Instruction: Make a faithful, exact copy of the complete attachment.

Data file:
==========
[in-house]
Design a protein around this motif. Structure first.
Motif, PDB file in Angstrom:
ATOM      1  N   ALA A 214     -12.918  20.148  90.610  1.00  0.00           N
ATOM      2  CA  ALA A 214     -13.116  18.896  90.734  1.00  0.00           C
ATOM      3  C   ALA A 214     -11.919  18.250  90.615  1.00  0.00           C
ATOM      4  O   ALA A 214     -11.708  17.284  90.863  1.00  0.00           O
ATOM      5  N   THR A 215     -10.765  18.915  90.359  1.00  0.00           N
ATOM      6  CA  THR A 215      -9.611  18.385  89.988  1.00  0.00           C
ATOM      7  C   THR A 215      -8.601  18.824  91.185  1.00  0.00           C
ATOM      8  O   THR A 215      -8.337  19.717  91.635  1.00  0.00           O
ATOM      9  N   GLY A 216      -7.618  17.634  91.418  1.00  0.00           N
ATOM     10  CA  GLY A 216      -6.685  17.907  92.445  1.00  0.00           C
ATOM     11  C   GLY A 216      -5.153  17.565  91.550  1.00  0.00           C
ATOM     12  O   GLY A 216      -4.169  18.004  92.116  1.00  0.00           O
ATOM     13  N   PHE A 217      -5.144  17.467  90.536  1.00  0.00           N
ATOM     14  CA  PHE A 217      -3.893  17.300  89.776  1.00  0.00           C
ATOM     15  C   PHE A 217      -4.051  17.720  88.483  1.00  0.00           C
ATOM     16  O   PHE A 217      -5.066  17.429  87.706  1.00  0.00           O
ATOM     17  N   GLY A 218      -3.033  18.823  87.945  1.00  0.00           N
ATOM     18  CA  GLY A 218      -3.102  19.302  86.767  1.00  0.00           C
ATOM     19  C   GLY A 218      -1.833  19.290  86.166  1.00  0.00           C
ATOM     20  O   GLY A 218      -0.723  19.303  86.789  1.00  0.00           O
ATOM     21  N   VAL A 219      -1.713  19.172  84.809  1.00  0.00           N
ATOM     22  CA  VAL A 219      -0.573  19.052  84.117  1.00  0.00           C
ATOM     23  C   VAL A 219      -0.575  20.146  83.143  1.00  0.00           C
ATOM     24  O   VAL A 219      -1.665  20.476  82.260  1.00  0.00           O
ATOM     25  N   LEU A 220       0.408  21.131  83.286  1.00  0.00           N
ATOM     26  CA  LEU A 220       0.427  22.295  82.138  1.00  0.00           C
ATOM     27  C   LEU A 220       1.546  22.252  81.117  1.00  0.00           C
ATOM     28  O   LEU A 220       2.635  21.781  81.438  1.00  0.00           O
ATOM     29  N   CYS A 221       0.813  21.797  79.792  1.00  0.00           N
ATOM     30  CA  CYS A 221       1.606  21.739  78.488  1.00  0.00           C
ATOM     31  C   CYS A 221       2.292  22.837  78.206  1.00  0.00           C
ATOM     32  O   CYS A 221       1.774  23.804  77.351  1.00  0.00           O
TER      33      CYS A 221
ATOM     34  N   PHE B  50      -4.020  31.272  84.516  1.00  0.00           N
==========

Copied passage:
[in-house]
Design a protein around this motif. Structure first.
Motif, PDB file in Angstrom:
ATOM      1  N   ALA A 214     -12.918  20.148  90.610  1.00  0.00           N
ATOM      2  CA  ALA A 214     -13.116  18.896  90.734  1.00  0.00           C
ATOM      3  C   ALA A 214     -11.919  18.250  90.615  1.00  0.00           C
ATOM      4  O   ALA A 214     -11.708  17.284  90.863  1.00  0.00           O
ATOM      5  N   THR A 215     -10.765  18.915  90.359  1.00  0.00           N
ATOM      6  CA  THR A 215      -9.611  18.385  89.988  1.00  0.00           C
ATOM      7  C   THR A 215      -8.601  18.824  91.185  1.00  0.00           C
ATOM      8  O   THR A 215      -8.337  19.717  91.635  1.00  0.00           O
ATOM      9  N   GLY A 216      -7.618  17.634  91.418  1.00  0.00           N
ATOM     10  CA  GLY A 216      -6.685  17.907  92.445  1.00  0.00           C
ATOM     11  C   GLY A 216      -5.153  17.565  91.550  1.00  0.00           C
ATOM     12  O   GLY A 216      -4.169  18.004  92.116  1.00  0.00           O
ATOM     13  N   PHE A 217      -5.144  17.467  90.536  1.00  0.00           N
ATOM     14  CA  PHE A 217      -3.893  17.300  89.776  1.00  0.00           C
ATOM     15  C   PHE A 217      -4.051  17.720  88.483  1.00  0.00           C
ATOM     16  O   PHE A 217      -5.066  17.429  87.706  1.00  0.00           O
ATOM     17  N   GLY A 218      -3.033  18.823  87.945  1.00  0.00           N
ATOM     18  CA  GLY A 218      -3.102  19.302  86.767  1.00  0.00           C
ATOM     19  C   GLY A 218      -1.833  19.290  86.166  1.00  0.00           C
ATOM     20  O   GLY A 218      -0.723  19.303  86.789  1.00  0.00           O
ATOM     21  N   VAL A 219      -1.713  19.172  84.809  1.00  0.00           N
ATOM     22  CA  VAL A 219      -0.573  19.052  84.117  1.00  0.00           C
ATOM     23  C   VAL A 219      -0.575  20.146  83.143  1.00  0.00           C
ATOM     24  O   VAL A 219      -1.665  20.476  82.260  1.00  0.00           O
ATOM     25  N   LEU A 220       0.408  21.131  83.286  1.00  0.00           N
ATOM     26  CA  LEU A 220       0.427  22.295  82.138  1.00  0.00           C
ATOM     27  C   LEU A 220       1.546  22.252  81.117  1.00  0.00           C
ATOM     28  O   LEU A 220       2.635  21.781  81.438  1.00  0.00           O
ATOM     29  N   CYS A 221       0.813  21.797  79.792  1.00  0.00           N
ATOM     30  CA  CYS A 221       1.606  21.739  78.488  1.00  0.00           C
ATOM     31  C   CYS A 221       2.292  22.837  78.206  1.00  0.00           C
ATOM     32  O   CYS A 221       1.774  23.804  77.351  1.00  0.00           O
TER      33      CYS A 221
ATOM     34  N   PHE B  50      -4.020  31.272  84.516  1.00  0.00           N